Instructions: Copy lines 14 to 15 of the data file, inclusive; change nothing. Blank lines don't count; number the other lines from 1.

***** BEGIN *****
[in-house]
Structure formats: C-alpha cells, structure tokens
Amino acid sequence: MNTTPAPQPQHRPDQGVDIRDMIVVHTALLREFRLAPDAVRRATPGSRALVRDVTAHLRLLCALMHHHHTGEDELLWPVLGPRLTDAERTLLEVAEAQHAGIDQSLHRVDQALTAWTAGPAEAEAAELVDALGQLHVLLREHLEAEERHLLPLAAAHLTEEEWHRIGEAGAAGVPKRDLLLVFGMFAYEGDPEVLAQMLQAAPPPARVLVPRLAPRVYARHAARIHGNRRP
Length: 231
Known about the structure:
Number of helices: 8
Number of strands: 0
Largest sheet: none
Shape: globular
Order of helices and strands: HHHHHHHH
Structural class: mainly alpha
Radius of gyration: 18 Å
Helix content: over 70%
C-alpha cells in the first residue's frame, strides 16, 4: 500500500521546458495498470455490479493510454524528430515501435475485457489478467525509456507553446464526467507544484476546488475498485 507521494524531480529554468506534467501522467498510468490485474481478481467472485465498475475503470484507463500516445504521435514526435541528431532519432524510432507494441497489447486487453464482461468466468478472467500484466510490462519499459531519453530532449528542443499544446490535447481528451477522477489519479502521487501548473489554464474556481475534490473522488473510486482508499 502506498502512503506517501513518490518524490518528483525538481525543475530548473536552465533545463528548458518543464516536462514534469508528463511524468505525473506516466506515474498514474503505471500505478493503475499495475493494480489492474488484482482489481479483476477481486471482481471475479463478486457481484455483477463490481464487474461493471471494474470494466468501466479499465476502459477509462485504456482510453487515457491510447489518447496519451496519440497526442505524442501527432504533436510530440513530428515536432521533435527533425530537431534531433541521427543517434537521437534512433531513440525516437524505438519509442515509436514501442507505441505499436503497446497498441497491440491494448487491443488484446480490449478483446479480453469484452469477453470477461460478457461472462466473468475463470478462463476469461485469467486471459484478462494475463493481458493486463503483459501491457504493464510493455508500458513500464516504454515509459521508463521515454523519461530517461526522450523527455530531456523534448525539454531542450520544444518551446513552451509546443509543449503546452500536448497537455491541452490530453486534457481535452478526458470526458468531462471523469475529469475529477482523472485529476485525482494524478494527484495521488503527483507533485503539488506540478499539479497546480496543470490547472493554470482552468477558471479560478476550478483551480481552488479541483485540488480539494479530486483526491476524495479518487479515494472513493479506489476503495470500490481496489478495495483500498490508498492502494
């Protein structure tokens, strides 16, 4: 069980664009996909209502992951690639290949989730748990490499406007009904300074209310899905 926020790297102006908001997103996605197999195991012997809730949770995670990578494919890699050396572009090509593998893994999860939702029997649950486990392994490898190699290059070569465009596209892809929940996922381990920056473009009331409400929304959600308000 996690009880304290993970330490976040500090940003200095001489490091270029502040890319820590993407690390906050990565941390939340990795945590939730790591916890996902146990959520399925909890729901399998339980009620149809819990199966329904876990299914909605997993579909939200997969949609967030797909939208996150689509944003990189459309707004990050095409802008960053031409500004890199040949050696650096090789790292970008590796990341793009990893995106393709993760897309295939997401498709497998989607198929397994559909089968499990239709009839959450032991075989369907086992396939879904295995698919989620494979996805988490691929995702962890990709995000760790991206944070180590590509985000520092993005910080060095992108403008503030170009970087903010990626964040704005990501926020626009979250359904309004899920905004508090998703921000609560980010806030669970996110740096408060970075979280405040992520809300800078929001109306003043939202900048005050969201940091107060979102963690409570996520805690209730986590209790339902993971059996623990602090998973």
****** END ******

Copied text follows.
C-alpha cells in the first residue's frame, strides 16, 4: 500500500521546458495498470455490479493510454524528430515501435475485457489478467525509456507553446464526467507544484476546488475498485 507521494524531480529554468506534467501522467498510468490485474481478481467472485465498475475503470484507463500516445504521435514526435541528431532519432524510432507494441497489447486487453464482461468466468478472467500484466510490462519499459531519453530532449528542443499544446490535447481528451477522477489519479502521487501548473489554464474556481475534490473522488473510486482508499 502506498502512503506517501513518490518524490518528483525538481525543475530548473536552465533545463528548458518543464516536462514534469508528463511524468505525473506516466506515474498514474503505471500505478493503475499495475493494480489492474488484482482489481479483476477481486471482481471475479463478486457481484455483477463490481464487474461493471471494474470494466468501466479499465476502459477509462485504456482510453487515457491510447489518447496519451496519440497526442505524442501527432504533436510530440513530428515536432521533435527533425530537431534531433541521427543517434537521437534512433531513440525516437524505438519509442515509436514501442507505441505499436503497446497498441497491440491494448487491443488484446480490449478483446479480453469484452469477453470477461460478457461472462466473468475463470478462463476469461485469467486471459484478462494475463493481458493486463503483459501491457504493464510493455508500458513500464516504454515509459521508463521515454523519461530517461526522450523527455530531456523534448525539454531542450520544444518551446513552451509546443509543449503546452500536448497537455491541452490530453486534457481535452478526458470526458468531462471523469475529469475529477482523472485529476485525482494524478494527484495521488503527483507533485503539488506540478499539479497546480496543470490547472493554470482552468477558471479560478476550478483551480481552488479541483485540488480539494479530486483526491476524495479518487479515494472513493479506489476503495470500490481496489478495495483500498490508498492502494
């Protein structure tokens, strides 16, 4: 069980664009996909209502992951690639290949989730748990490499406007009904300074209310899905 926020790297102006908001997103996605197999195991012997809730949770995670990578494919890699050396572009090509593998893994999860939702029997649950486990392994490898190699290059070569465009596209892809929940996922381990920056473009009331409400929304959600308000 996690009880304290993970330490976040500090940003200095001489490091270029502040890319820590993407690390906050990565941390939340990795945590939730790591916890996902146990959520399925909890729901399998339980009620149809819990199966329904876990299914909605997993579909939200997969949609967030797909939208996150689509944003990189459309707004990050095409802008960053031409500004890199040949050696650096090789790292970008590796990341793009990893995106393709993760897309295939997401498709497998989607198929397994559909089968499990239709009839959450032991075989369907086992396939879904295995698919989620494979996805988490691929995702962890990709995000760790991206944070180590590509985000520092993005910080060095992108403008503030170009970087903010990626964040704005990501926020626009979250359904309004899920905004508090998703921000609560980010806030669970996110740096408060970075979280405040992520809300800078929001109306003043939202900048005050969201940091107060979102963690409570996520805690209730986590209790339902993971059996623990602090998973």